Docents | Volunteers

docent giving a talk in front of a group or people looking at a larger than life head made of ceramic clay. The nose of the figure is flattened as if it walked into a glass wall docent giving a talk in front of a group or people looking at a larger than life head made of ceramic clay. The nose of the figure is flattened as if it walked into a glass wall
image of a hand pointing to details on a greek vase image of a hand pointing to details on a greek vase
The Lowe Art Museum Docent Program supports the mission of the education department by leading group tours for museum visitors. Docents present tours using inquiry-based strategies. An inquiry-based approach uses questions to help people learn. Inquiry-based learning and teaching allows learners to participate in the education experience, opportunity for rich exploration, as well as, multiple perspectives and ideas.

 

The Lowe Art Museum Volunteer Docents group began in 1972. The group has grown to more than 75 men and women conducting tours throughout the Museum helping visitors explore and connect with the Lowe's collection.  Volunteers come from a wide range of backgrounds and have varied and remarkable talents.

The Lowe Art Museum Docent Volunteers support the mission of the museum by providing a corps of trained volunteer guides (docents) to lead group tours for museum visitors. Docents present tours using inquiry-based strategies. An inquiry-based approach uses questions to help people learn. Inquiry-based learning and teaching allows learners to participate in the education experience, opportunity for rich exploration, as well as, multiple perspectives and ideas. The Lowe Art Museum often incorporates Visual Thinking Strategies (VTS), a method of inquiry, for K-12 and college tours due to its student-centered approach, its emphasis on constructivist theory, skill building and aesthetic development.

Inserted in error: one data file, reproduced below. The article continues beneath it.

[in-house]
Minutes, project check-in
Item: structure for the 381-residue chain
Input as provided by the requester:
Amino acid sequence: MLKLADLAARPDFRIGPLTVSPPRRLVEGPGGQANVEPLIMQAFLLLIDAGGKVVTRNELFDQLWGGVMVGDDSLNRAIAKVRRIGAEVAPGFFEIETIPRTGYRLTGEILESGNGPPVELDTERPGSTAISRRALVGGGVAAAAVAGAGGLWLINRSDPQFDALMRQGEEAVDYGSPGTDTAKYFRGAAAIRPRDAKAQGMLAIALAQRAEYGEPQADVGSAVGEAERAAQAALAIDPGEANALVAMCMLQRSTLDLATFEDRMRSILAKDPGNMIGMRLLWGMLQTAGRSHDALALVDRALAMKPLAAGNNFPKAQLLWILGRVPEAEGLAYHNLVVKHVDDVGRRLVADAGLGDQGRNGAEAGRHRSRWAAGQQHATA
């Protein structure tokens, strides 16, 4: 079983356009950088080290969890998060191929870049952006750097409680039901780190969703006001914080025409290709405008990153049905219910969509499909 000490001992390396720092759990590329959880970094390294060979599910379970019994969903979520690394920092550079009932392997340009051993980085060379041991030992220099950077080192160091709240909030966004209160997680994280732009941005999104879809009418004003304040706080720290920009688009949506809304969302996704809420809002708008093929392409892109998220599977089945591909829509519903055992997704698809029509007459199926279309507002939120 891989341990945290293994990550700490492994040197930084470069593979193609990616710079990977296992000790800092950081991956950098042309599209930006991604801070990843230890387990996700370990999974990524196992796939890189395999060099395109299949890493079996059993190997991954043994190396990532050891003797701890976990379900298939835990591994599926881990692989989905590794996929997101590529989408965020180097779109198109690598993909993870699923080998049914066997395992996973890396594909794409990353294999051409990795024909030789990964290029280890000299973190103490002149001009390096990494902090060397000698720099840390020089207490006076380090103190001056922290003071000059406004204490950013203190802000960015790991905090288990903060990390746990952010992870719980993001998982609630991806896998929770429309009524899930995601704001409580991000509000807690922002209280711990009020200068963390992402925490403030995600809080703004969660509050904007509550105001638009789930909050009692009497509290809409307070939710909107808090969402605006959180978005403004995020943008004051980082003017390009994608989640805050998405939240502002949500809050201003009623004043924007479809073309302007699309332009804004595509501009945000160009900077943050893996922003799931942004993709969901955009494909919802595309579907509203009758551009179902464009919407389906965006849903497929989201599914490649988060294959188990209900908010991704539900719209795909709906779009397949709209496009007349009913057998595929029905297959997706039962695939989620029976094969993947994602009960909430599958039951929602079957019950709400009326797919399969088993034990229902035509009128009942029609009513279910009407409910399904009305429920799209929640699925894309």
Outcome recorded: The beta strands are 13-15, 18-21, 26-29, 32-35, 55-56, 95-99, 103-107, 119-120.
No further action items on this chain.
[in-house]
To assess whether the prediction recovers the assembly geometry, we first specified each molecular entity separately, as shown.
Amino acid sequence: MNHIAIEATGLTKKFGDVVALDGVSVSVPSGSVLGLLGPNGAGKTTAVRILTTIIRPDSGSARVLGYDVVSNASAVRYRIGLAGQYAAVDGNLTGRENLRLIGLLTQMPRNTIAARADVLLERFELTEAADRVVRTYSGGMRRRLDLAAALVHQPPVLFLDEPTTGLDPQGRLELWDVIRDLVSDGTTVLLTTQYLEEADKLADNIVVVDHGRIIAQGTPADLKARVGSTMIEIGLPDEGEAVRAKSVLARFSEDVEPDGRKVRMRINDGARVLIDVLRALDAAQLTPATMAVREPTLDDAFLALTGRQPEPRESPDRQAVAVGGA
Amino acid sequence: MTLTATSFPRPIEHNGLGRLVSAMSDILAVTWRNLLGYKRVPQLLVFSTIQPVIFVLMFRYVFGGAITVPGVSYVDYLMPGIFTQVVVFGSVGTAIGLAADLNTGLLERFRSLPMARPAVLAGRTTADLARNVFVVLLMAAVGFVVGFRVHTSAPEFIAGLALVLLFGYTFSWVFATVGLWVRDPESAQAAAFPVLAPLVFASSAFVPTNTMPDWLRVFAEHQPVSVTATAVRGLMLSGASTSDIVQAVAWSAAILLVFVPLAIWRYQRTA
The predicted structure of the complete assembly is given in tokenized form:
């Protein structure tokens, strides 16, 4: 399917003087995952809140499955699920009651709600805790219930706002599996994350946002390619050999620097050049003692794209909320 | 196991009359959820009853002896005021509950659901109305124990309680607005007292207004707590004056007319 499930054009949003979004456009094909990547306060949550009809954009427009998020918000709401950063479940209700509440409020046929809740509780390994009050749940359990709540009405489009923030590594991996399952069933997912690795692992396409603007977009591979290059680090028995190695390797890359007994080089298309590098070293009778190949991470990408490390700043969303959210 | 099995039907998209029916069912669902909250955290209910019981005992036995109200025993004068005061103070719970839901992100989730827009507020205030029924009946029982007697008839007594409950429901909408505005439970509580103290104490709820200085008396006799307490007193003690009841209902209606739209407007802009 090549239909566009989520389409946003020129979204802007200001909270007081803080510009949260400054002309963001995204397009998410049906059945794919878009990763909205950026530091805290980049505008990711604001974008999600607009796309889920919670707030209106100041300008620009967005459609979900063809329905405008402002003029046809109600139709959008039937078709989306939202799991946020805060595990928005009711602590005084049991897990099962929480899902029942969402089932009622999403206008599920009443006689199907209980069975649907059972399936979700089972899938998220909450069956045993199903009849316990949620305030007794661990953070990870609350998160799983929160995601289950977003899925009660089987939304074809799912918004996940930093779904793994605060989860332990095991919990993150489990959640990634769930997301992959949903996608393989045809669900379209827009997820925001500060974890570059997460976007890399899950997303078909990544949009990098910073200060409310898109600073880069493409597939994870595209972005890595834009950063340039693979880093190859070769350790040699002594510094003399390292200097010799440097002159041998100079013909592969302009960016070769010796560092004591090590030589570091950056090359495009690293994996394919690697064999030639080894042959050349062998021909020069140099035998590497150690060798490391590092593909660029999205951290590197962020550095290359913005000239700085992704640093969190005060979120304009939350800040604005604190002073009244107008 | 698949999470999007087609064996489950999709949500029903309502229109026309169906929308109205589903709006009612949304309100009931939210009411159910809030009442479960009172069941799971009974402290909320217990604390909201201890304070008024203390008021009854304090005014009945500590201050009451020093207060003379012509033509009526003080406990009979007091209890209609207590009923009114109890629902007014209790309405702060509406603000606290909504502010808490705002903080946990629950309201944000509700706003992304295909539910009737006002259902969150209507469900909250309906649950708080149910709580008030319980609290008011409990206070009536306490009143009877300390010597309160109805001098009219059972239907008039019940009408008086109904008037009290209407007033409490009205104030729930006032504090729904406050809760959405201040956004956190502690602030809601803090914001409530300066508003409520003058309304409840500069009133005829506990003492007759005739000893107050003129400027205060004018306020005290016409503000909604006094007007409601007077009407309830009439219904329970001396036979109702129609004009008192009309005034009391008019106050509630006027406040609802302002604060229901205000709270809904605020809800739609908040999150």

Docents are recruited and trained as volunteers for the Museum's Guided Tour Programs, designed to serve the needs and interests of our diverse visitors, from elementary school children to adults. No prior art history background or work experience is required to volunteer; however, those wishing to volunteer in the Guided Tour Programs should be comfortable working and communicating with the public.

Volunteers for these positions undergo extensive, rigorous training to achieve the highest standards of content and presentation. All accepted applicants are required to attend a training course concentrating on the history of art as it applies to the Museum's collection, as well as on inquiry-based approach to presentation skills and research techniques. Volunteers are responsible for extensive research and preparation for their tours.

Content and training will be presented by Museum staff and guest lecturers. Sessions will include classroom lectures, group discussions, multi-media presentations, and museum-based learning. Class participants will be assigned homework, which will include extensive reading and writing assignments. Participants will be required to successfully model tours prior to full acceptance into the program.

Volunteering in the Museum's Guided Tour Programs requires a high degree of motivation and dedication. The experience is highly rewarding. Interested applicants are very strongly encouraged to follow two volunteer-led guided tours this season at The Lowe before applying.

Contact: Jodi Sypher to learn more about the program and to apply: jsypher@miami.edu or 305-284-3621.